Welcome to the second in a four part series of entries about my successful application for a Monbusho Research Scholarship. If you haven’t already, I recommend reading the first part (in particular, the disclaimers contained therein). This entry deals with my process for putting my research proposal together.
The Monbusho Research Scholarship appealed to me for a number of reasons when I first heard about it. On a personal level, I love Japan. I had lived there for three years prior to my application for the Monbusho Scholarship, and have a keen interest in the culture, language, art, food and people.
On a professional/academic level, the idea of studying in Japan appealed to me because of its rich history in the realm of comic books. I’ve wanted to be a cartoonist since I was a kid, and have long believed that the medium of comics are just as capable as film or prose of creating powerful work of real artistic value. It is towards this ideal of creating “literary” comics that I aspire, and I felt confident that studying in Japan would help me in that regard.
Add into the mix that a Monbusho Scholarship would allow me to pursue my research without going severely into debt, and that cemented my desire to go for it.
So when I first resolved to apply for the Monbusho Scholarship, that’s where I stood: I had the vague idea that my research would be geared towards improving the quality of my comics, but exactly how I would spend my time was still very much up in the air.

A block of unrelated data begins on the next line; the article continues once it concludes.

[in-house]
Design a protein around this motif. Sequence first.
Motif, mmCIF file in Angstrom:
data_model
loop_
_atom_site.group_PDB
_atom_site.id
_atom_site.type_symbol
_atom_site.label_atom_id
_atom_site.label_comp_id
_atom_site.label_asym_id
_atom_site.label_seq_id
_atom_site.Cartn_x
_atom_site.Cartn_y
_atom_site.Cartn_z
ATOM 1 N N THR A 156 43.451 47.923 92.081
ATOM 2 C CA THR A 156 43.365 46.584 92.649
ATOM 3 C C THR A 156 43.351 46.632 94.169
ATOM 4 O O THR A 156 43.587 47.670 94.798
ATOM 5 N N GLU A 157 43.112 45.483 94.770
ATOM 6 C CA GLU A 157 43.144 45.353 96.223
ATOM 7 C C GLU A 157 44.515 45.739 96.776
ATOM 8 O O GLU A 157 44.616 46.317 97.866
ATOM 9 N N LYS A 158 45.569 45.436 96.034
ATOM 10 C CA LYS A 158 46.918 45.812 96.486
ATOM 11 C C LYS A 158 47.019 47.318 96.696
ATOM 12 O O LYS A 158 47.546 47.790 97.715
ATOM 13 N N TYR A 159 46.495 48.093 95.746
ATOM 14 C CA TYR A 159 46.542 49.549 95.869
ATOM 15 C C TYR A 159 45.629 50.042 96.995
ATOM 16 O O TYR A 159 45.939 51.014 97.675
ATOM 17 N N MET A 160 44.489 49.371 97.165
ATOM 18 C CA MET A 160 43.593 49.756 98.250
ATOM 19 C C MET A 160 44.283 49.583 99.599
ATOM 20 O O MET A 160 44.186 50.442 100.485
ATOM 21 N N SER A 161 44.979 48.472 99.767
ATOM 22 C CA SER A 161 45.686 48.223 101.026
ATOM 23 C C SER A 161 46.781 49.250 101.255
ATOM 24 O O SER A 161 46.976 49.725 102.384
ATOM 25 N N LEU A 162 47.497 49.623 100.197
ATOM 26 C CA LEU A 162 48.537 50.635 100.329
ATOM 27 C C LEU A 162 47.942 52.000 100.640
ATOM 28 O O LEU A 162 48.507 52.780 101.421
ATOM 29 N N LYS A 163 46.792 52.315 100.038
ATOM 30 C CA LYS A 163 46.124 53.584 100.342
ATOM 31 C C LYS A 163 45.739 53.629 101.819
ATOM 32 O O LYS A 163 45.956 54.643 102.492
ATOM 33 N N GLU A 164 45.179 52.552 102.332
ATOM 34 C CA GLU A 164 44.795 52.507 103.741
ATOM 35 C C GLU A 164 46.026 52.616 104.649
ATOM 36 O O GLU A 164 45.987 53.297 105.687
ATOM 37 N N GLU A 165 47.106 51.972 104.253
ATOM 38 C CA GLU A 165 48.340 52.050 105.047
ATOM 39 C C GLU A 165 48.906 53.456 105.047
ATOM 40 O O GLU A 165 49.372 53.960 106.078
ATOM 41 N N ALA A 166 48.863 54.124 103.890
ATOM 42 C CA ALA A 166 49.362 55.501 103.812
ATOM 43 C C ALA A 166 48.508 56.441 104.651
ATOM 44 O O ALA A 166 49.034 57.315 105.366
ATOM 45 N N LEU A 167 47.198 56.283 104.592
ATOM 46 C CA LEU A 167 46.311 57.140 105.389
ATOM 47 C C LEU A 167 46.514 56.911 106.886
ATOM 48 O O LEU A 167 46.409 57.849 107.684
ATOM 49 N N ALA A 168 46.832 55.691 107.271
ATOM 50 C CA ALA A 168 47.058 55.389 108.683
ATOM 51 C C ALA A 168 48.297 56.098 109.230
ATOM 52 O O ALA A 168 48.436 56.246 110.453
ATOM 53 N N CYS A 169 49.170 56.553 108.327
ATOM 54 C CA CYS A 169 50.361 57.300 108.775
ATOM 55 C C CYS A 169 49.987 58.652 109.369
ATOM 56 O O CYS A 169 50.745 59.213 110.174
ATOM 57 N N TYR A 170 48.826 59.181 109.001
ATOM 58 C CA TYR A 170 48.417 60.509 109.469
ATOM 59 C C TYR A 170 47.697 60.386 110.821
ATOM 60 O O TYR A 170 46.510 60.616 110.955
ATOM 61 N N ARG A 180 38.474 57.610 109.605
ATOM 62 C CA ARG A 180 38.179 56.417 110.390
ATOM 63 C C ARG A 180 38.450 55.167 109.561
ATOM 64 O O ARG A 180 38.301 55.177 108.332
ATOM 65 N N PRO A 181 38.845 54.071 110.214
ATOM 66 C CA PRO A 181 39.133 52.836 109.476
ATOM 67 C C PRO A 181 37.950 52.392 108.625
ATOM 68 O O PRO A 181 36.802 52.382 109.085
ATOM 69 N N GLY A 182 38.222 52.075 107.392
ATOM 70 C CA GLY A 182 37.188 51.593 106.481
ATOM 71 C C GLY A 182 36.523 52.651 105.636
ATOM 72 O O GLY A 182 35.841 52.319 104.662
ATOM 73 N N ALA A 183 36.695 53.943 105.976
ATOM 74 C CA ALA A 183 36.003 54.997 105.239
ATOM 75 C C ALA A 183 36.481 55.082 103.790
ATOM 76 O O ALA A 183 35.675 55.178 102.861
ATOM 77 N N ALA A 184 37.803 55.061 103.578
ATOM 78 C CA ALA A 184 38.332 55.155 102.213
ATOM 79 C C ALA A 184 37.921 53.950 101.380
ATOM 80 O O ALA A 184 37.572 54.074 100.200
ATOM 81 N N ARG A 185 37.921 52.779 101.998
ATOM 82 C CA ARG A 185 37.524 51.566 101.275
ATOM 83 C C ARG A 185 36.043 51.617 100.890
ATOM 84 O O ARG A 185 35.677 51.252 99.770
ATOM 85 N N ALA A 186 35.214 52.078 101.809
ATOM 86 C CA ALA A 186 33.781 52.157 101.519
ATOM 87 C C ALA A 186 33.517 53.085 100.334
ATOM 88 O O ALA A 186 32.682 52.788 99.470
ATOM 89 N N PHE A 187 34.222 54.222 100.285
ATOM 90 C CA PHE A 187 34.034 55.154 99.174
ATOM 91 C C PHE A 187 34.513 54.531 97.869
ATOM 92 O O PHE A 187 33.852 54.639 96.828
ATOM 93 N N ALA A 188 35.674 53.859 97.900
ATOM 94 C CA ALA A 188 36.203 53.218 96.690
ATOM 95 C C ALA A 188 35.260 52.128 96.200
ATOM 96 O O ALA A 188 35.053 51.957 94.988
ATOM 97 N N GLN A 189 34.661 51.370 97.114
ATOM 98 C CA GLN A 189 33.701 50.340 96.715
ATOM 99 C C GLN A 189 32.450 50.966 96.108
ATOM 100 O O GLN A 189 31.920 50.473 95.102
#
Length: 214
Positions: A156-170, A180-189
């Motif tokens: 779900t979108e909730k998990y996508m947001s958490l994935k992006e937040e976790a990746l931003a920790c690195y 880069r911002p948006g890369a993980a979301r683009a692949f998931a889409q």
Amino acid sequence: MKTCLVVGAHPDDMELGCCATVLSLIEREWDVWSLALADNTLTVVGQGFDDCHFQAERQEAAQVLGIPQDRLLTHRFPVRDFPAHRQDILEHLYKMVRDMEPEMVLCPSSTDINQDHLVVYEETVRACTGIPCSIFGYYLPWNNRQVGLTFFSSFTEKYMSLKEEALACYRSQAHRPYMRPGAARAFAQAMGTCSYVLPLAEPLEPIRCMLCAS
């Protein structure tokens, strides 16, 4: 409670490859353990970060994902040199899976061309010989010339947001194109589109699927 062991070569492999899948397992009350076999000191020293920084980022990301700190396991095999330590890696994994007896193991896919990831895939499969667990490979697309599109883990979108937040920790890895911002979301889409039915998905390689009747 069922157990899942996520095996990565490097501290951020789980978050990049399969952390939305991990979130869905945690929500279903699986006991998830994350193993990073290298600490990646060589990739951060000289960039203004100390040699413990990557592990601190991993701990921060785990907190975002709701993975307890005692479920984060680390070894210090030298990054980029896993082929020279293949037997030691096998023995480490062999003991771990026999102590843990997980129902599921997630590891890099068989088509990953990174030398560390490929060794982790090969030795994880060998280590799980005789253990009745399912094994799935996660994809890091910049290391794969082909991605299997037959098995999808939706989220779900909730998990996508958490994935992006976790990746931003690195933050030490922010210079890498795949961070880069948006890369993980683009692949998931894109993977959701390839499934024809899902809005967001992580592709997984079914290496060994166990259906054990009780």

So my first step was to decide the specific focus of my research proposal. After giving it a lot of thought, I ultimately decided that research focused not on comics, but rather on traditional Japanese line art, would be the best way to go. I won’t go into why I reached that conclusion here, but if you’re interested, see this blog entry.
I started working on my first draft of my research proposal in January 2007; a full six months before the application was to be due. While I was doing this, I started seeking out the advice of people with Monbusho experience. I’d recommend you start networking efforts in earnest at least six months before your application is due; even earlier would be better. One professor I talked to thought a year before the application date would be ideal!
If you already personally know people with Monbusho experience, great, you have a good head start. For the rest of you who don’t know anyone with Monbusho experience, you’re in the same boat that I was. This is where you put the “six degrees of separation” theory to the test. Contact every Japanese person you know who went to a college in Japan and ask if they know anyone who ever got a Monbusho Scholarship, or know any professors who supervised Monbusho Scholars. Contact people you know with links to international exchange programs at the university where you did your undergrad. Network at Japan related organizations in your hometown. Odds are you’ll be able to find a “friend of a friend” who is willing to talk to you.
In my case, I found two people; one who was a former Monbusho Research student, and a professor who had helped his students get the Monbusho Scholarship a few years ago. Both offered useful insight that helped me in my application.
My first attempt at creating a research proposal expressed an intention to research just about every type of Japanese line art under the sun, from hundreds of years ago to the present. I intended to start with calligraphy, move onto ink drawing, then move unto Ukiyo-e style prints, and finally end a few months of studying modern comic book techniques.
There were a number of problems with this proposal. It was arrogantly overambitious for just two years of study, for one. But a bigger problem with it was that it was too broad to be able to find a professor who could competently serve as my advisor for all aspects of it. It’d be like saying you intended to research all facets of “Science” for two years. There would be no professor would be qualified (or willing) to supervise such an unruly, unfocused proposal.